What will $12 million get you? How about a "conversation about education?"
That's what a new organization ,Education Post, aims to get for its "initial grants," courtesy of, according to education reporter Lindsay Layton of The Washington Post, " the Broad Foundation, Bloomberg Philanthropies, the Walton Family Foundation, and an anonymous donor."
In a debut post, the organization's leader Peter Cunningham – a former "communications guru" for U.S. Education Secretary Arne Duncan, according to Layton – called for a "new conversation."
That "new conversation" Cunningham wants, is less “screaming at each other from across the aisle … an honest, open conversation … based on the facts.”
Layton also quoted Bruce Reed – former chief executive of the Democratic Leadership Council and now president of the Broad Foundation that "originated" the new site – who said the idea for Education Post came from “a shared disappointment in the tenor of the debate.”
Education Post is not being terribly original here. Recent calls for more "civility" in discussions about education and for taking "the politics" and "partisanship" out of policy debates are suddenly all the rage among the edu-policy crowd gravitating around Washington, D.C.
There are reasons why Beltway-inspired education wonks are calling out the tone police – but it's got very little to do with honesty and "facts." Instead, read a little more deeply into these calls for taking "the politics" out of the debate, and what you find is itself a rather political agenda.
Echoing the Education Post's zeal for making nice over differences on education policy, two right-wing think tank operatives who have differed in public over the Common Core Standards recently declared their determination to overcome the acrimony of that debate.
Writing in The Washington Times, Mike Petrilli of the Thomas B. Fordham Institute and Neal McCluskey of the Cato Institute’s Center for Educational Freedom endeavored to lay out "the facts on which we think everyone should agree."
Looking past the hubris of a claim to overcome differences that include only those held by conservatives, their facts are "technically" – a word they use in describing the process used to adopt the "voluntary" standards – true. Yet the facts they put forth are very carefully chosen, ignoring, for instance, the fact that the standards are by-and-large a product of the testing industry, without much influence from educators and parents.
From another conservative corner, columnist Juan Williams, writing for The Hill, came the similar call for "getting beyond the tired old fights" in education policy. His preference was to declare a "crisis in the nation’s schools" and steel political leaders to direct federal money to school voucher programs and do something about all those "bad teachers" that plague the system.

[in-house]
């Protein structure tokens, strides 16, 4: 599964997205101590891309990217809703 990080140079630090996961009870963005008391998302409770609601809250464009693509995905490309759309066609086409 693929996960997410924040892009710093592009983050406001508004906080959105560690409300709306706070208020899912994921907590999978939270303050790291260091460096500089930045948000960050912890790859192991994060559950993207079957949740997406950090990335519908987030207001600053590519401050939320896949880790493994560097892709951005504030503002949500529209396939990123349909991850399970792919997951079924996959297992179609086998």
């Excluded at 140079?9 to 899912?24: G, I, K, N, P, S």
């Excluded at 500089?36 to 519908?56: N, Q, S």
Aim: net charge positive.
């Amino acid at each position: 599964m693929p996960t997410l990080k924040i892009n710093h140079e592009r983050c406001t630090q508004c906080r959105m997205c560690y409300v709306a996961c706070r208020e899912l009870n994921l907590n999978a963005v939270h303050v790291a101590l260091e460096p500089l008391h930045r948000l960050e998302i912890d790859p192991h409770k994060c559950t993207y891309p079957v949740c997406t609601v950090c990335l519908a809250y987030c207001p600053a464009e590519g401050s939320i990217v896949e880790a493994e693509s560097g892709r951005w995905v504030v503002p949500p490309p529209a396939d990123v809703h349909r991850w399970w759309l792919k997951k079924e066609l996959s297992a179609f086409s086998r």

Unfortunately for Williams, his arguments happen to be the oldest and "tiredest" of all.
School vouchers, Greg Anrig has reminded us, were originally conceived by the economist Milton Friedman in 1955 and have been a cornerstone of Republican education policy since the presidential administration of Ronald Reagan. And education journalist Dana Goldstein, in her new book The Teacher Wars: A History of America's Most Embattled Profession, reminds us that as far back as the early 1800s, "the history of education reform shows … recurring attacks on veteran educators."
In his review of Goldstein's book appearing in The Atlantic, Noah Berlatsky equated current calls for weeding out America's "bad teachers" Reagan-era claims about a scourge of "welfare queens." He wrote, "If welfare mothers are the cause of poverty, then you can solve the problem of poverty with tighter restrictions on welfare mothers. If teachers are the problem with education, then you can solve the problem of education with ever more vigorous control, and ever more constant evaluation, of teachers."
(Interestingly, Williams also conflates vouchers and teacher tenure with renewing No Child Left Behind, which has nothing to do with either of those issues.)
Outside of conservative circles (sort of), former press secretary for the Clinton White House, Mike McCurry recently lamented "an American political system ripped apart by partisanship." The salve to apply to the bitterness – indeed, "the antidote to the poison that’s now invaded our political system” – McCurry believes is to rally around "the school choice movement."
Interestingly, McCurry's remarks were carried by a conservative education policy outlet RefinedED, illustrating the absurdity of calls for consensus between right and left on education policy that is absent of any representation from what is truly "left."
"The school choice movement’s appeal to all points on the political spectrum is a source of pride, McCurry said. The movement needs to continue doing the hard work of making the center hold, of putting aside differences on other issues to find common ground on kids and education."
No doubt, McCurry has not been to Newark, N.J. lately, where a new plan for district wide "school choice" is not being opposed by "partisanship," but by the parents and students in that community.